And later, in a Columbia Uni blog page, Hansen explains that he is talking of two things - ☻ The Venus Syndrome runaway (as per the top quote) and ☻ A "mini-runaway" or hyperthermal (as per the lower quote).
    The mini-runaway he decribes as occuring on a millennial scale and which, if we were foolish enough to initiate such an event, could be countered by sequestrating the GHG releases, although there would be a lot to sequester.
    The Venus Syndrome runaway he describes as possibly following on from an un-countered mini-runaway but he ends saying that "Venus-like conditions in the sense of 90 bar surface pressure and surface temperature of several hundred degrees are only plausible on billion-year time scales."

    So this leads to an answer to the question posed by your denialist trolls - Why would 1,200ppm CO2 (Hansen talks of 1,000ppm to 2,000ppm) lead to the Venus Syndrome when in the past it did not?
    Hansen is saying that the 'early Cenozoic' (so before 20 million yr bp) had less methane hydrate which could potentially boost temperatures enough to overwhelm the tropopause and thus allow the leakage of the planet's hydrogen into space, a road that would lead to a Venus-style climate. But importantly, this is on top of AGW. Back in the PETM (44my bp) the fossil fuels were safely tucked away within the geology greatly limiting the potential warming.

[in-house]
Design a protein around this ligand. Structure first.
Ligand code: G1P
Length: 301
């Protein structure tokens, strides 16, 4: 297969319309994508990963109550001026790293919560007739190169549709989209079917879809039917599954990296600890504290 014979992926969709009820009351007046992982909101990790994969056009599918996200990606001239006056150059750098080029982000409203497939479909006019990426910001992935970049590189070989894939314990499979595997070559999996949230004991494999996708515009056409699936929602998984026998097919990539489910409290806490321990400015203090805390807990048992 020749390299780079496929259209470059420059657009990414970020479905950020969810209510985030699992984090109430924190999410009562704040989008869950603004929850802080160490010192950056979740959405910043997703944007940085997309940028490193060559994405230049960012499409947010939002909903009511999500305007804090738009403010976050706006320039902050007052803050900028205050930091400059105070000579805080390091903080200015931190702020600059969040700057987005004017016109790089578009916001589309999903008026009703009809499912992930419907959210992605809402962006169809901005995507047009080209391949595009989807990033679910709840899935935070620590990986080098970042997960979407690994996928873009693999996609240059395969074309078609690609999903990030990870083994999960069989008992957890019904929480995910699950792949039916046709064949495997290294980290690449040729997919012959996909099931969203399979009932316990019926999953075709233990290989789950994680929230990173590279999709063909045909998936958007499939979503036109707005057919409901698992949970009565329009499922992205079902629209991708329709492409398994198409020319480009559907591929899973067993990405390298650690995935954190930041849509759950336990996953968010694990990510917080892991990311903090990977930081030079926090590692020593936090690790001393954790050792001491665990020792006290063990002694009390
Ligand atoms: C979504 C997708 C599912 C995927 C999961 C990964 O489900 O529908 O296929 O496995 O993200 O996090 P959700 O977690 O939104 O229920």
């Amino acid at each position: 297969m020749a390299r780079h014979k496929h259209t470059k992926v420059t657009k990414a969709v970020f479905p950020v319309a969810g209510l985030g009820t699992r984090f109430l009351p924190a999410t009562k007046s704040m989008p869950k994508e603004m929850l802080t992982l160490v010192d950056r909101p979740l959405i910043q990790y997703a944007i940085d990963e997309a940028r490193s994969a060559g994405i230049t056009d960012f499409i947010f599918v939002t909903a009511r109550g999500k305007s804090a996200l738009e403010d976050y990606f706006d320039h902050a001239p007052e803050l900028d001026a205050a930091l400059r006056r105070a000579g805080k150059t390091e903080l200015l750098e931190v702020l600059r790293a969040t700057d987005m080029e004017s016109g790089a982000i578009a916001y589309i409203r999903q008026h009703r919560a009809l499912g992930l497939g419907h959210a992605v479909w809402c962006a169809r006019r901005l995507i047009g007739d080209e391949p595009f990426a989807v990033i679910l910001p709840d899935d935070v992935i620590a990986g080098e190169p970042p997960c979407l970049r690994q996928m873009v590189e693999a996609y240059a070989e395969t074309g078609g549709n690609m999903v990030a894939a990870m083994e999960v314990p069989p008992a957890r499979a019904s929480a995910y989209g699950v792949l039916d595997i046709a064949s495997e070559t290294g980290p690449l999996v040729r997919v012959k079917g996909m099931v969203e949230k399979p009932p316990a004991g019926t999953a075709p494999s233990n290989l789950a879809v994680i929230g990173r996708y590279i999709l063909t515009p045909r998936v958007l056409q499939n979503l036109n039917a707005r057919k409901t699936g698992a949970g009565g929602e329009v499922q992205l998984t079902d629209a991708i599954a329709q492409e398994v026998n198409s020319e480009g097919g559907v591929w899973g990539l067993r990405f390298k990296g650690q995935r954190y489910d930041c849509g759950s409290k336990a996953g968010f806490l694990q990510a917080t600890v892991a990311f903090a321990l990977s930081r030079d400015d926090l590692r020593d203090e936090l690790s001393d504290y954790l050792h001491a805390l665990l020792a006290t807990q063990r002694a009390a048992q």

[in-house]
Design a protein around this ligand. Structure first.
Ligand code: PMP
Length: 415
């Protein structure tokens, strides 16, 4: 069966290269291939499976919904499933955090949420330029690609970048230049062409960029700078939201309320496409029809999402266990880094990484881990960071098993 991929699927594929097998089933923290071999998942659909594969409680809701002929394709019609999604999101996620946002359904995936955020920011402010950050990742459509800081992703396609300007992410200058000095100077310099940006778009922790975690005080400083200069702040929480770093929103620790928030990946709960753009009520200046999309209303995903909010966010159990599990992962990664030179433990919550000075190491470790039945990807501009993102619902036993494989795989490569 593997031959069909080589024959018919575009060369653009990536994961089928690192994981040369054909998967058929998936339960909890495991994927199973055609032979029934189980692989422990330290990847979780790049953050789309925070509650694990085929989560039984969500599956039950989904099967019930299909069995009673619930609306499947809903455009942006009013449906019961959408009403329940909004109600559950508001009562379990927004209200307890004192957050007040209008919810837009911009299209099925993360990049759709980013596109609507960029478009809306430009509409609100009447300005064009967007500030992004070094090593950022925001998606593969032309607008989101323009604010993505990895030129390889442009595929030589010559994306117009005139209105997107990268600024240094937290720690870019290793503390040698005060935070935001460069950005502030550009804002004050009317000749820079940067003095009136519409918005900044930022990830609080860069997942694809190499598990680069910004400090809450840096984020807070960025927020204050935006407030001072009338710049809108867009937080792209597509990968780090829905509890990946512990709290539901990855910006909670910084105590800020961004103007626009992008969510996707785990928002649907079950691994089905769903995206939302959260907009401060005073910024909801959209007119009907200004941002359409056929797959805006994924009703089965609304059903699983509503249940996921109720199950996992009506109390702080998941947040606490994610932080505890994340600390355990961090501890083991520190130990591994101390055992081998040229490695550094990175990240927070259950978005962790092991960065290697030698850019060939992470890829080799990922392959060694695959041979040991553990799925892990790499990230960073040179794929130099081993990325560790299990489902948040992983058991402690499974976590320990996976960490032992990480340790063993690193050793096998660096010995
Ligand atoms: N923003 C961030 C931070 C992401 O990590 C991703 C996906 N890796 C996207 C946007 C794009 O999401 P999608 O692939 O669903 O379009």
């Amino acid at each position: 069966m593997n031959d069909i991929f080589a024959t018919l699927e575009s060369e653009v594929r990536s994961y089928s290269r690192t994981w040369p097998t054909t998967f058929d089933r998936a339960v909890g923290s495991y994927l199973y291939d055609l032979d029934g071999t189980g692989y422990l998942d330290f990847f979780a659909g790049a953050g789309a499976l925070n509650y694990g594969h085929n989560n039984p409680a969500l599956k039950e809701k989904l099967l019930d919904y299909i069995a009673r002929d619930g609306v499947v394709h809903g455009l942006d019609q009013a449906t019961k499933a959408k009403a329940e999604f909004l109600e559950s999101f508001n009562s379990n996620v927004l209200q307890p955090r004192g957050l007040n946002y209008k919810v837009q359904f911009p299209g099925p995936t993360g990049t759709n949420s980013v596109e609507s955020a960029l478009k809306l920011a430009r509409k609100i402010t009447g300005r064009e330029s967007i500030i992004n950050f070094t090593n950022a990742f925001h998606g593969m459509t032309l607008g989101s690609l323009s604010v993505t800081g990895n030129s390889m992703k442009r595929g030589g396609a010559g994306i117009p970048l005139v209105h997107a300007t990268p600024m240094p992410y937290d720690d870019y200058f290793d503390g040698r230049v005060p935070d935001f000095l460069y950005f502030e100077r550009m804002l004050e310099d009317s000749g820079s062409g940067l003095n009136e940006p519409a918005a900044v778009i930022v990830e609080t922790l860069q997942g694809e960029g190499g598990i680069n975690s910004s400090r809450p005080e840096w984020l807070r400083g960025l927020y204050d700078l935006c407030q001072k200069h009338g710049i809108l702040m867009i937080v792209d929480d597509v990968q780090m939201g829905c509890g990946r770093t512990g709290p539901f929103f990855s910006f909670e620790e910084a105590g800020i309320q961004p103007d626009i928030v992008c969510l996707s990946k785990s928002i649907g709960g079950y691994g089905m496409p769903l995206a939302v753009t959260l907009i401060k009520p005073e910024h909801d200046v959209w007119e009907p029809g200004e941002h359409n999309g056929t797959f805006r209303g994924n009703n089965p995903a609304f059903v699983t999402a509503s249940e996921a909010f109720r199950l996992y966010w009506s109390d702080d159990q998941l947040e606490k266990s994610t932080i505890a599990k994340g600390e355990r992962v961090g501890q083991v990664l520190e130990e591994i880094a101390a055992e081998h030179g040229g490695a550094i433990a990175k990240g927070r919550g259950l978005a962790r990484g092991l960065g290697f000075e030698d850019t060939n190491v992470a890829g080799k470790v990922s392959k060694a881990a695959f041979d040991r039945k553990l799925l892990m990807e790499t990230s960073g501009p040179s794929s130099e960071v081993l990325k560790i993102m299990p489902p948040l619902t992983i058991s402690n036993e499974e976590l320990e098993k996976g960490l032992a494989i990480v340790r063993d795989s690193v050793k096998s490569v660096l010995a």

As for previous CO2 levels, there was periods in the past when the fossil fuels of today were still yet to be buried out of harms way & thus CO2 was far higher than 1,200ppm. But that was a long time ago when the sun was a lot fainter and the combined forcing (see this SkS page) would thus be lower than potentially from a mini-runaway today.
  17. jesscars @739,

    The variation of CO2 levels in very ancient times generally resulted from a balance between the amount of carbon being drawn down into the geology by rock-forming and the amount of carbon being ejected by volcanoes. Periods of mountain-building have an impact on that balance, as do periods of extreme volcanism. The results of modelling of very ancient CO2 levels (using GEOCARB III) have been pretty-much supported by the geological evidence.